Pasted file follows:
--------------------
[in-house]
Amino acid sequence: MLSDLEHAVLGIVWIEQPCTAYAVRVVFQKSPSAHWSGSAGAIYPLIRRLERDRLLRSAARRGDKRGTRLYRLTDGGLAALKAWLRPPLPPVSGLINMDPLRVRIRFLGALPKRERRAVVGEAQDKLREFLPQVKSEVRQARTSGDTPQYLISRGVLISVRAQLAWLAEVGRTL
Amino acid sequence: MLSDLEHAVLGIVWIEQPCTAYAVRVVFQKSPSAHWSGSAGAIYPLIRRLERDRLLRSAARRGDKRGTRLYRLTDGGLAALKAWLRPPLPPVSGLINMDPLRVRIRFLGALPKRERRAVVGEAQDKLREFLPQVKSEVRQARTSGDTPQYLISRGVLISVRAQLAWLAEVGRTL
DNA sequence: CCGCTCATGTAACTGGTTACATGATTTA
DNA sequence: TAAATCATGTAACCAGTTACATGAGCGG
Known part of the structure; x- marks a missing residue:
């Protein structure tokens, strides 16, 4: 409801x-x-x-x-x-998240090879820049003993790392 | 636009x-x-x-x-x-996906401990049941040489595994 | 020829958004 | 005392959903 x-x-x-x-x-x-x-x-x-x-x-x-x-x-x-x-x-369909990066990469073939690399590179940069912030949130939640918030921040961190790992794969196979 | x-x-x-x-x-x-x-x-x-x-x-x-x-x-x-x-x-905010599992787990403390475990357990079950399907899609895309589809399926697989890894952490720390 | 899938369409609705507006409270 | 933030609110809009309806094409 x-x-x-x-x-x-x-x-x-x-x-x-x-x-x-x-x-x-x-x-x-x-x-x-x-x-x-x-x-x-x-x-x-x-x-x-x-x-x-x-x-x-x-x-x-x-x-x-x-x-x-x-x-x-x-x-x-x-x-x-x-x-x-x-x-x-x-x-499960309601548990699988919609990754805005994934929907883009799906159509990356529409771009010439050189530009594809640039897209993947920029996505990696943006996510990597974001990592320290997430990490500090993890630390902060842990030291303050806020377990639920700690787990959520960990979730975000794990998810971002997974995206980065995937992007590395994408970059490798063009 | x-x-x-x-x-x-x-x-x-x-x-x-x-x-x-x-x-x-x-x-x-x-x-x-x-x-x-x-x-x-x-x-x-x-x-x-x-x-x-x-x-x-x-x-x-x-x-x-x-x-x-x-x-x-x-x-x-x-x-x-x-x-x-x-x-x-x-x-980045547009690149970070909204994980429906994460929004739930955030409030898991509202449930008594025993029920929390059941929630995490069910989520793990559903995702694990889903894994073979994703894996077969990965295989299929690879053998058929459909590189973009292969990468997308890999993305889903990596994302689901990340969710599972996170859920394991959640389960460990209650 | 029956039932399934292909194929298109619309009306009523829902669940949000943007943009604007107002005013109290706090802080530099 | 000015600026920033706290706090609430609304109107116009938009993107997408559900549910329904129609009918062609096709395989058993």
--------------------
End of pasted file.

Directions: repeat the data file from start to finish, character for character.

[in-house]
Amino acid sequence: MLSDLEHAVLGIVWIEQPCTAYAVRVVFQKSPSAHWSGSAGAIYPLIRRLERDRLLRSAARRGDKRGTRLYRLTDGGLAALKAWLRPPLPPVSGLINMDPLRVRIRFLGALPKRERRAVVGEAQDKLREFLPQVKSEVRQARTSGDTPQYLISRGVLISVRAQLAWLAEVGRTL
Amino acid sequence: MLSDLEHAVLGIVWIEQPCTAYAVRVVFQKSPSAHWSGSAGAIYPLIRRLERDRLLRSAARRGDKRGTRLYRLTDGGLAALKAWLRPPLPPVSGLINMDPLRVRIRFLGALPKRERRAVVGEAQDKLREFLPQVKSEVRQARTSGDTPQYLISRGVLISVRAQLAWLAEVGRTL
DNA sequence: CCGCTCATGTAACTGGTTACATGATTTA
DNA sequence: TAAATCATGTAACCAGTTACATGAGCGG
Known part of the structure; x- marks a missing residue:
């Protein structure tokens, strides 16, 4: 409801x-x-x-x-x-998240090879820049003993790392 | 636009x-x-x-x-x-996906401990049941040489595994 | 020829958004 | 005392959903 x-x-x-x-x-x-x-x-x-x-x-x-x-x-x-x-x-369909990066990469073939690399590179940069912030949130939640918030921040961190790992794969196979 | x-x-x-x-x-x-x-x-x-x-x-x-x-x-x-x-x-905010599992787990403390475990357990079950399907899609895309589809399926697989890894952490720390 | 899938369409609705507006409270 | 933030609110809009309806094409 x-x-x-x-x-x-x-x-x-x-x-x-x-x-x-x-x-x-x-x-x-x-x-x-x-x-x-x-x-x-x-x-x-x-x-x-x-x-x-x-x-x-x-x-x-x-x-x-x-x-x-x-x-x-x-x-x-x-x-x-x-x-x-x-x-x-x-x-499960309601548990699988919609990754805005994934929907883009799906159509990356529409771009010439050189530009594809640039897209993947920029996505990696943006996510990597974001990592320290997430990490500090993890630390902060842990030291303050806020377990639920700690787990959520960990979730975000794990998810971002997974995206980065995937992007590395994408970059490798063009 | x-x-x-x-x-x-x-x-x-x-x-x-x-x-x-x-x-x-x-x-x-x-x-x-x-x-x-x-x-x-x-x-x-x-x-x-x-x-x-x-x-x-x-x-x-x-x-x-x-x-x-x-x-x-x-x-x-x-x-x-x-x-x-x-x-x-x-x-980045547009690149970070909204994980429906994460929004739930955030409030898991509202449930008594025993029920929390059941929630995490069910989520793990559903995702694990889903894994073979994703894996077969990965295989299929690879053998058929459909590189973009292969990468997308890999993305889903990596994302689901990340969710599972996170859920394991959640389960460990209650 | 029956039932399934292909194929298109619309009306009523829902669940949000943007943009604007107002005013109290706090802080530099 | 000015600026920033706290706090609430609304109107116009938009993107997408559900549910329904129609009918062609096709395989058993």